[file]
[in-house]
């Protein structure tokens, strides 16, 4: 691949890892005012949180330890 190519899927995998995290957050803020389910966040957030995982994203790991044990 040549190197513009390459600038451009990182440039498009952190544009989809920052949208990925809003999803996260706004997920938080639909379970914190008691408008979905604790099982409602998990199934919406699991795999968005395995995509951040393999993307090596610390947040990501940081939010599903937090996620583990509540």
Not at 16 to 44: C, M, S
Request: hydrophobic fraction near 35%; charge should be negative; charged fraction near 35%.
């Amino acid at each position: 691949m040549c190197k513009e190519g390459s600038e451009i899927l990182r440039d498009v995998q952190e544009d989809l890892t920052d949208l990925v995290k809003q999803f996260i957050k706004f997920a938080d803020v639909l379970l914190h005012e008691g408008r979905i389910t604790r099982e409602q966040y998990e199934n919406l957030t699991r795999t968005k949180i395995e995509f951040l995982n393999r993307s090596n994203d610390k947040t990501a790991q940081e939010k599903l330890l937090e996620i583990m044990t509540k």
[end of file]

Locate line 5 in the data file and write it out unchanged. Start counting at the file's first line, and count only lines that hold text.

């Amino acid at each position: 691949m040549c190197k513009e190519g390459s600038e451009i899927l990182r440039d498009v995998q952190e544009d989809l890892t920052d949208l990925v995290k809003q999803f996260i957050k706004f997920a938080d803020v639909l379970l914190h005012e008691g408008r979905i389910t604790r099982e409602q966040y998990e199934n919406l957030t699991r795999t968005k949180i395995e995509f951040l995982n393999r993307s090596n994203d610390k947040t990501a790991q940081e939010k599903l330890l937090e996620i583990m044990t509540k």